At Harvard, Researching Exoplanets 6.5 Light Years Away
Munazza Khalida Alam conducts her research of a place in the universe where the word may just be arriving that Mitt Romney is favored to beat pizza magnate Herman Cain to challenge Barack Obama's quest for a second term.
Since Alam's turf is at least 6.5 light years away, it has taken 6.5 years for that 2011 radio news to reach the nearest of the Earthlike exoplanets she studies as they orbit distant stars.
Alam, a graduate of Macaulay Honors College at Hunter in 2016, now is pursuing a doctorate in astronomy at Harvard University, where she analyzes the exoplanets' atmospheres with a 2017 National Science Foundation Graduate Research Fellowship worth $138,000.
"We don't know what the atmospheres of these planets will be like. If they are different from Earth's, what would that mean for life there?" she wonders. "We should expect surprises."
One method astronomers use to deduce the existence of exoplanets is measuring minute dips in starlight as they transit, or pass in front of, their host stars. NASA had confirmed 3,475 exoplanets and 581 multiplanet systems as of April 13, 2017; almost 4,500 other detections await confirmation.
How do astronomers learn about their weather? As planets transit their host stars, atoms and molecules in the atmosphere absorb light at different wavelengths, each characteristic of a particular element. And, by observing changes in the apparent radius of a planet at different wavelengths, Alam explains, astronomers can infer atmospheric structure, composition and even the presence of clouds.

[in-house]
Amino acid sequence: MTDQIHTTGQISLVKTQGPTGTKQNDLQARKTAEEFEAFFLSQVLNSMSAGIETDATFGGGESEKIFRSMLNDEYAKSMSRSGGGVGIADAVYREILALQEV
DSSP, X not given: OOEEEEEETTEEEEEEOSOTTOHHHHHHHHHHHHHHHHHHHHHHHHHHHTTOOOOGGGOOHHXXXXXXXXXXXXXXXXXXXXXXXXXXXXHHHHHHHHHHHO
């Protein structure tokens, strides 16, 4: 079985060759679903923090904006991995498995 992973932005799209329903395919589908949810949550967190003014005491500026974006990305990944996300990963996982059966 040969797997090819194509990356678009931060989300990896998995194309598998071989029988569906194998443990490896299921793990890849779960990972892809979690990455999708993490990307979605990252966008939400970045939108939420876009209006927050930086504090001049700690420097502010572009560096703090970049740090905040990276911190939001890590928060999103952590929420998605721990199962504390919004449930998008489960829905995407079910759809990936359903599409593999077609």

Alam will conduct atmospheric studies of exoplanets ranging from super-Earths - larger than our planet - to hot Jupiters - similar in size and mass to our Solar System neighbor, but orbiting closer to their host stars than Earth.
"I'm working with data from the Hubble Space Telescope as part of a team from Harvard, with collaborators across the U.S., the United Kingdom and France," she explains. They study the atmospheres of about 30 exoplanets at different wavelengths: optical, infrared and ultraviolet.
As an undergraduate, Alam used her Macaulay Opportunity Fund to research "failed stars" known as brown dwarfs with NASA's Infrared Telescope Facility (IRTF) at the Mauna Kea observatory in Hawaii.
Alam was born in Staten Island to a father from Pakistan and a mother from India, and she chose to study astronomy after Hunter astrophysicist Kelle Cruz invited her to join her research team at the American Museum of Natural History. There she also met Emily Rice of the College of Staten Island and Jackie Faherty, senior scientist and senior education manager at the museum. Cruz and Rice were recently promoted to associate professor.
"My first research experience was in a group led by these three strong women," says Alam, whose name joins theirs on two published papers. "I felt I had a place in science with them."